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Initiatives for Creating a More Inclusive Engineering Environment with Limited Resources and Minimum Disruption

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Conference

2016 ASEE Annual Conference & Exposition

Location

New Orleans, Louisiana

Publication Date

June 26, 2016

Start Date

June 26, 2016

End Date

August 28, 2016

ISBN

978-0-692-68565-5

ISSN

2153-5965

Conference Session

Teaching Methods in Mechancial Engineering

Tagged Division

Mechanical Engineering

Tagged Topic

Diversity

Page Count

17

DOI

10.18260/p.25697

Permanent URL

https://peer.asee.org/25697

Download Count

257

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Paper Authors

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Rebecca L Norris University of Oklahoma

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Rebecca Norris is the Assistant to the Director of the School of Aerospace and Mechanical Engineering at the University of Oklahoma. She has earned B.A. degrees in German and International and Area Studies and a Master of Public Administration, all from the University of Oklahoma. She serves as a member of the School's TECAID (Transforming Engineering Culture to Advance Inclusion and Diversity) team and is interested in higher education administration and STEM initiatives in inclusion and diversity.

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Zahed Siddique University of Oklahoma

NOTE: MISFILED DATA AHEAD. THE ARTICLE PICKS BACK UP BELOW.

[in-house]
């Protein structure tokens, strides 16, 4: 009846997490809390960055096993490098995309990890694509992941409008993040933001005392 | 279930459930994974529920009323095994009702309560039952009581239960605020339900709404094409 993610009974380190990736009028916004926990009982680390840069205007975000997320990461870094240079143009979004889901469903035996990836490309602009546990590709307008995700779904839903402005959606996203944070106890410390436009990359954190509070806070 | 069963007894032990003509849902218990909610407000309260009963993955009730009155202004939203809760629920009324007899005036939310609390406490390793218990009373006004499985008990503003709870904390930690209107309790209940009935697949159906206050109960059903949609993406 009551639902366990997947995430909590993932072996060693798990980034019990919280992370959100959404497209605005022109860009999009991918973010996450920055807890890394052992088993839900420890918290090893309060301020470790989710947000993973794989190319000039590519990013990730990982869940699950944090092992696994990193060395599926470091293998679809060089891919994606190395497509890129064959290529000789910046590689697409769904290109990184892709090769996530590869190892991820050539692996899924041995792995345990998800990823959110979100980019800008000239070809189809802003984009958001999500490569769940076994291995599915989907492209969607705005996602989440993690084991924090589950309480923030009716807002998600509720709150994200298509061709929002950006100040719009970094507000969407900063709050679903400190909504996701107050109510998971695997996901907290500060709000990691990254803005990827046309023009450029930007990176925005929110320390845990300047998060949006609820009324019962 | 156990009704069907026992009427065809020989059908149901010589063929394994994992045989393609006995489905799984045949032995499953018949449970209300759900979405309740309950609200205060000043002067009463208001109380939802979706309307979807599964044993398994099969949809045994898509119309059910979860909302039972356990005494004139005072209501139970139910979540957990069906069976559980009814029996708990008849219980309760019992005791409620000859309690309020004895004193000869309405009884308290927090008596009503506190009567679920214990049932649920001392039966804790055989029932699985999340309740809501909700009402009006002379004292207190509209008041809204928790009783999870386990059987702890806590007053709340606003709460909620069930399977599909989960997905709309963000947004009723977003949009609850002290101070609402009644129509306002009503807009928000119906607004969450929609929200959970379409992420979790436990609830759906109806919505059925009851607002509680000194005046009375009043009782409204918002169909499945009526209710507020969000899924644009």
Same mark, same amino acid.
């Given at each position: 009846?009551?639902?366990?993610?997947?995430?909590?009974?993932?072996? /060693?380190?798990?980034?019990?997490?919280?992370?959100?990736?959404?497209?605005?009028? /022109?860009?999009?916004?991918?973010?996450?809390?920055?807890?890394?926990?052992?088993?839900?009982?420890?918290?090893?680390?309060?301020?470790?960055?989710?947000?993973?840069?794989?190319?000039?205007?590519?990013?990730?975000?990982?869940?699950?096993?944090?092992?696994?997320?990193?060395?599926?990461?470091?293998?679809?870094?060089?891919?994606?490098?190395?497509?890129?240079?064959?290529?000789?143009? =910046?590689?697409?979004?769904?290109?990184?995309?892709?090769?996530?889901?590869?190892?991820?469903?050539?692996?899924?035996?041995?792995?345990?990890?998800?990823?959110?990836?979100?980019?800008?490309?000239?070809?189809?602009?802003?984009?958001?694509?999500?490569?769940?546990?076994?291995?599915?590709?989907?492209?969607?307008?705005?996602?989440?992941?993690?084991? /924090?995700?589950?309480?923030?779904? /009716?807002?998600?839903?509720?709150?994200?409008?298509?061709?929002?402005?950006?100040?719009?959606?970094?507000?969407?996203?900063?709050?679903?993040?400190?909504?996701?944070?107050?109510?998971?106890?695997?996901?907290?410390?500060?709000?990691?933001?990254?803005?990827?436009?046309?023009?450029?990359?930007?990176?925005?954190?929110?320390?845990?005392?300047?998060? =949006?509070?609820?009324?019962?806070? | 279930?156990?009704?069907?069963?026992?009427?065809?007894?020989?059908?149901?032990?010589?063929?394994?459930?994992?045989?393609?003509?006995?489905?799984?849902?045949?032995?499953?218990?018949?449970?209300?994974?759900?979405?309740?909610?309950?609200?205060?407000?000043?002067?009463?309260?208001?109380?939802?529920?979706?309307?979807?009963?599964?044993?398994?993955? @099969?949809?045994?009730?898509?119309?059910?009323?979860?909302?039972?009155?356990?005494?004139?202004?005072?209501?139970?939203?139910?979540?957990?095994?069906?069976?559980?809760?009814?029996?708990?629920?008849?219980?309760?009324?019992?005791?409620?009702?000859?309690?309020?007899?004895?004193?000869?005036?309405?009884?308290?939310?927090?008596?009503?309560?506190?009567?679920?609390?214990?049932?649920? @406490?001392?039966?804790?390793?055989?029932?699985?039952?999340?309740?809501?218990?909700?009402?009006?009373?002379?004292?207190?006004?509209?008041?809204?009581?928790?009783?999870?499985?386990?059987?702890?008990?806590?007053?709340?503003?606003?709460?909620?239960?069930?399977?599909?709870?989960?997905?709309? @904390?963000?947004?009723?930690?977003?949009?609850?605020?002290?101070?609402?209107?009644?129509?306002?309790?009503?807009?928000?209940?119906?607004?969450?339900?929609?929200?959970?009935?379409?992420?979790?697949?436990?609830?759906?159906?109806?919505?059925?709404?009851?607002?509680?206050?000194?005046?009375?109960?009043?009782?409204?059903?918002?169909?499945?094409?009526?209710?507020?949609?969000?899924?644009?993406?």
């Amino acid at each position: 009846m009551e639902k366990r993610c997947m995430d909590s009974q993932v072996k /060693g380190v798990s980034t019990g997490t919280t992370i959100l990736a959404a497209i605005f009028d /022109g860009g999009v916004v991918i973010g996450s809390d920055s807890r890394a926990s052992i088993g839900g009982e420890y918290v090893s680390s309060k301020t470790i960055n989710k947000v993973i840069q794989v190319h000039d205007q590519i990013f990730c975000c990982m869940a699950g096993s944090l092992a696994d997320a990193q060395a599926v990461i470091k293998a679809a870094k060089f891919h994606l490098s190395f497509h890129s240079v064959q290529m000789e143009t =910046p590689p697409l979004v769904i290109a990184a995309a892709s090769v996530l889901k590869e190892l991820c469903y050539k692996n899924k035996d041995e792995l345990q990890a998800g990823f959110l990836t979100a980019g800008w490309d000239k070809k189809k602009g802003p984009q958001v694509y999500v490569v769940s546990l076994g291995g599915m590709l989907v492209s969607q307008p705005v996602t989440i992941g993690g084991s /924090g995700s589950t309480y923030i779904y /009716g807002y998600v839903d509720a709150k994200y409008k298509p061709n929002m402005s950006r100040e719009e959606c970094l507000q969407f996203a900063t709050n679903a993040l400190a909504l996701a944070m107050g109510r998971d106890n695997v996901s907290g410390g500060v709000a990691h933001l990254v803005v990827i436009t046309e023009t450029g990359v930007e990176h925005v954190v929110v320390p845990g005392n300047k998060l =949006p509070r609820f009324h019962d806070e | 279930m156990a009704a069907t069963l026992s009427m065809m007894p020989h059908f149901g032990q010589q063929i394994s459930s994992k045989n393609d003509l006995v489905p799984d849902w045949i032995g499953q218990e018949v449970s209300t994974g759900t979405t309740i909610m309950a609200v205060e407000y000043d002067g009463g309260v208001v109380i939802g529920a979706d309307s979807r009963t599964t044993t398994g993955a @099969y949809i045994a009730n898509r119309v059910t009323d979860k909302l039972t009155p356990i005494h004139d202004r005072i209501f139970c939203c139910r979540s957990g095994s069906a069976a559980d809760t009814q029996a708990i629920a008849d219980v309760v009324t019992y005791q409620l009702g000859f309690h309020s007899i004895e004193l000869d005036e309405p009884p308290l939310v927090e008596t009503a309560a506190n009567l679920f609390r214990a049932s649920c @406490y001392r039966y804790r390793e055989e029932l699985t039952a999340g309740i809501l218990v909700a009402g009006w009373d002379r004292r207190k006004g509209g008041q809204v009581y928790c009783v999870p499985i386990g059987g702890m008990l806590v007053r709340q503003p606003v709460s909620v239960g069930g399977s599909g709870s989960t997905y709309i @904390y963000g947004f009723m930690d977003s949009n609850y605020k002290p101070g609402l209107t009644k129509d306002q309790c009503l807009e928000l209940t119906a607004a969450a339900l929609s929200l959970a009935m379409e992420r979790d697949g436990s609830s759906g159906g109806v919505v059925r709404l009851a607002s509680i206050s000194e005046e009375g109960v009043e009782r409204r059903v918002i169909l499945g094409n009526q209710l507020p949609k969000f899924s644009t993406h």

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Zahed Siddique is a Professor of Mechanical Engineering at the School of Aerospace and Mechanical Engineering of University of Oklahoma. His research interest include product family design, advanced material and engineering education. He is interested in motivation of engineering students, peer-to-peer learning, flat learning environments, technology assisted engineering education and experiential learning. He is the coordinator of the industry sponsored capstone from at his school and is the advisor of OU's FSAE team.

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M. Cengiz Altan University of Oklahoma

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Professor Altan is the B.H. Perkinson Chair and Director of the School of Aerospace and Mechanical Engineering at the University of Oklahoma and has been the leader of the Composite Materials Research Group for more than two decades. Professor Altan’s primary research interests are in the mechanics, manufacturing, and characterization of advanced polymeric composite materials.

Professor Altan has published more than 150 articles in the leading journals and conference proceedings, and edited proceedings of several ASME symposia on advanced materials and composites. Professor Altan is an ASME Fellow and serving as the President-Elect of the Polymer Processing Society.

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J. D. Baldwin University of Oklahoma

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Wilson E Merchán-Merchán University of Oklahoma

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Abstract